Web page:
Triathletes like Matthew Sharpe are a special breed.
“You’ve got to hurt a little bit, in the right way of course,” said Sharpe, after finishing a fifteen hundred metre morning swim at Thetis Lake.
It’s a no-pain, no-gain sport Sharpe quickly fell in love with around two decades ago, when he watched Victoria’s Simon Whitfield cross the finish line at the 2000 Olympic Games in Sydney.
“I’d never really heard of triathlon until he won his gold medal,” said the 29-year-old. “Seeing him cross that finish line and achieve a huge moment for Canada, it was incredibly inspiring.”
Sharpe started competing as a preteen in his hometown Campbell River, before moving to Victoria as a teen and eventually becoming a national champion. It wasn’t long before he was training alongside his heroes in the sport.
“Well, this is the fifth Olympics that I’ve coached Canadian athletes for, and Matt is definitely cut from the same cloth as his predecessors,” said Lance Watson, former coach of Whitfield and now Sharpe. “The sharing of knowledge and the passing of the baton from generation to generation is very powerful in this community.”
After a year-long delay due to the pandemic, Sharpe only recently found out he’ll be representing Canada on the sports biggest stage.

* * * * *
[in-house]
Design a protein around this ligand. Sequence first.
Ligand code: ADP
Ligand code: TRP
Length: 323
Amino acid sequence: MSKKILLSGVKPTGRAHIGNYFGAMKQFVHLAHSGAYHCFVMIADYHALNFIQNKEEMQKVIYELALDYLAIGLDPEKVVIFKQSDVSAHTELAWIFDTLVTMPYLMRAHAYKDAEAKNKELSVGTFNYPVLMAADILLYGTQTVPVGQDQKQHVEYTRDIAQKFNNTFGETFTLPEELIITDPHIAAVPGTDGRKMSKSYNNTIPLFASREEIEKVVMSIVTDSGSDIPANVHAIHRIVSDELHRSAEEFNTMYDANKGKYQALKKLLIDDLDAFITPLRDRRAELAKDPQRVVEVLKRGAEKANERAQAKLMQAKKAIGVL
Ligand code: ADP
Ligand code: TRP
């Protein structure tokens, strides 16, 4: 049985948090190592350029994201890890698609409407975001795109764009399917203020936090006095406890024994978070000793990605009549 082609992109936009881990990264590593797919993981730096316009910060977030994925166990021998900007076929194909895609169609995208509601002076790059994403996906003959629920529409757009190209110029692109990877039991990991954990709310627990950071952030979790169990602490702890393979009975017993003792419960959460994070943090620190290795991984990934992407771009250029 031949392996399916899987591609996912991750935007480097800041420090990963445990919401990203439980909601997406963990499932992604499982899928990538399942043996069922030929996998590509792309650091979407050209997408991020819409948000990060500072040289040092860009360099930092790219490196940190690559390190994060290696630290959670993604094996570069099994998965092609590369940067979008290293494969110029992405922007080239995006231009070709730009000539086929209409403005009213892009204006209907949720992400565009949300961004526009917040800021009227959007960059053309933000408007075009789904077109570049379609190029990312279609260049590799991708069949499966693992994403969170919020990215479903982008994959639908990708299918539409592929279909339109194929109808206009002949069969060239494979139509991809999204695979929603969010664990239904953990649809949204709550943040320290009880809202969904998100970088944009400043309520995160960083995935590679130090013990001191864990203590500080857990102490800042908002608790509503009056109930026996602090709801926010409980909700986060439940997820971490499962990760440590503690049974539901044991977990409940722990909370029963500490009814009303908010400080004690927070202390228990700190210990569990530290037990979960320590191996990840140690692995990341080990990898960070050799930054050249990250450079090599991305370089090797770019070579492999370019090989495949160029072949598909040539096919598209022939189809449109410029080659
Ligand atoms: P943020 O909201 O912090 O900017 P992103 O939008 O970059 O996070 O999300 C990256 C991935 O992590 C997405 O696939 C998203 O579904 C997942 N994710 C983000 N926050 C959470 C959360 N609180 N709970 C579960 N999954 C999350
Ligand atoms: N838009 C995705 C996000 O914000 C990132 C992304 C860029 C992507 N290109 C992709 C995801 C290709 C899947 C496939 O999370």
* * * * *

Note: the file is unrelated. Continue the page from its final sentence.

“It’s been a dream of mine since I was a kid to compete at the Olympics and to represent Canada,” said the Claremont Secondary grad. “We almost didn’t have this opportunity, so I’m seriously just so grateful.”
“I’m most proud of him in the person he’s become,” said Barb Sharpe, Matthew’s mother. “He’s shown an incredible amount of determination, grit and perseverance through all of this.”
Following in the footsteps of a Canadian icon, Matthew Sharpe is now ready to write his own Olympic story.
“Our goal is to come back with a medal so I’m very excited for that opportunity.”
Sharpe is scheduled to race Sunday, July 25 at 2:30 p.m.